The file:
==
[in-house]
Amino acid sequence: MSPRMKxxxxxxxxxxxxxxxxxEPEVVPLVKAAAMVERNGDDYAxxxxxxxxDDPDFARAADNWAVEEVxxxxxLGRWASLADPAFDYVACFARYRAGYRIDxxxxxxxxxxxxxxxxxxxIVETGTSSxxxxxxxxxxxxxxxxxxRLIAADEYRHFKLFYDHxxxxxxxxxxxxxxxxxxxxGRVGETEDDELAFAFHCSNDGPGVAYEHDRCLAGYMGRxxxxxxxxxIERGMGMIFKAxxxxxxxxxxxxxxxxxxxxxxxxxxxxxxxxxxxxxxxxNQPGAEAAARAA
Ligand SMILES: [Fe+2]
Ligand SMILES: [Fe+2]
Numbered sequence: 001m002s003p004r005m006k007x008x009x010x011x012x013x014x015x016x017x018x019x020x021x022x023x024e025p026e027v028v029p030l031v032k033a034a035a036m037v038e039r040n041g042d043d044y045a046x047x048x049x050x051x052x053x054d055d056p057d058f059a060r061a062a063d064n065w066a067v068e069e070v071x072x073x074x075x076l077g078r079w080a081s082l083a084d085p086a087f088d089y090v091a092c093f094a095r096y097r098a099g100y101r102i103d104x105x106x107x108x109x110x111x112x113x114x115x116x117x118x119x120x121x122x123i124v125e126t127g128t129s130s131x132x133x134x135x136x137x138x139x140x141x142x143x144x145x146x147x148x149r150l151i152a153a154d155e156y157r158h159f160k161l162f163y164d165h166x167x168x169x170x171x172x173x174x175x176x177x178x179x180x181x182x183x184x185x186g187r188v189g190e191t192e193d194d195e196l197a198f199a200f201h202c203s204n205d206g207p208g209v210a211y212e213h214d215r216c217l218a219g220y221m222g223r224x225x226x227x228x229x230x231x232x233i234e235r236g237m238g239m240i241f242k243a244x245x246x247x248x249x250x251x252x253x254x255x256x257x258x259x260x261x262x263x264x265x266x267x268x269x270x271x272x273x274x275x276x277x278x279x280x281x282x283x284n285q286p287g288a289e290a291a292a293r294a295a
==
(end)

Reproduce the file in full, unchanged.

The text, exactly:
[in-house]
Amino acid sequence: MSPRMKxxxxxxxxxxxxxxxxxEPEVVPLVKAAAMVERNGDDYAxxxxxxxxDDPDFARAADNWAVEEVxxxxxLGRWASLADPAFDYVACFARYRAGYRIDxxxxxxxxxxxxxxxxxxxIVETGTSSxxxxxxxxxxxxxxxxxxRLIAADEYRHFKLFYDHxxxxxxxxxxxxxxxxxxxxGRVGETEDDELAFAFHCSNDGPGVAYEHDRCLAGYMGRxxxxxxxxxIERGMGMIFKAxxxxxxxxxxxxxxxxxxxxxxxxxxxxxxxxxxxxxxxxNQPGAEAAARAA
Ligand SMILES: [Fe+2]
Ligand SMILES: [Fe+2]
Numbered sequence: 001m002s003p004r005m006k007x008x009x010x011x012x013x014x015x016x017x018x019x020x021x022x023x024e025p026e027v028v029p030l031v032k033a034a035a036m037v038e039r040n041g042d043d044y045a046x047x048x049x050x051x052x053x054d055d056p057d058f059a060r061a062a063d064n065w066a067v068e069e070v071x072x073x074x075x076l077g078r079w080a081s082l083a084d085p086a087f088d089y090v091a092c093f094a095r096y097r098a099g100y101r102i103d104x105x106x107x108x109x110x111x112x113x114x115x116x117x118x119x120x121x122x123i124v125e126t127g128t129s130s131x132x133x134x135x136x137x138x139x140x141x142x143x144x145x146x147x148x149r150l151i152a153a154d155e156y157r158h159f160k161l162f163y164d165h166x167x168x169x170x171x172x173x174x175x176x177x178x179x180x181x182x183x184x185x186g187r188v189g190e191t192e193d194d195e196l197a198f199a200f201h202c203s204n205d206g207p208g209v210a211y212e213h214d215r216c217l218a219g220y221m222g223r224x225x226x227x228x229x230x231x232x233i234e235r236g237m238g239m240i241f242k243a244x245x246x247x248x249x250x251x252x253x254x255x256x257x258x259x260x261x262x263x264x265x266x267x268x269x270x271x272x273x274x275x276x277x278x279x280x281x282x283x284n285q286p287g288a289e290a291a292a293r294a295a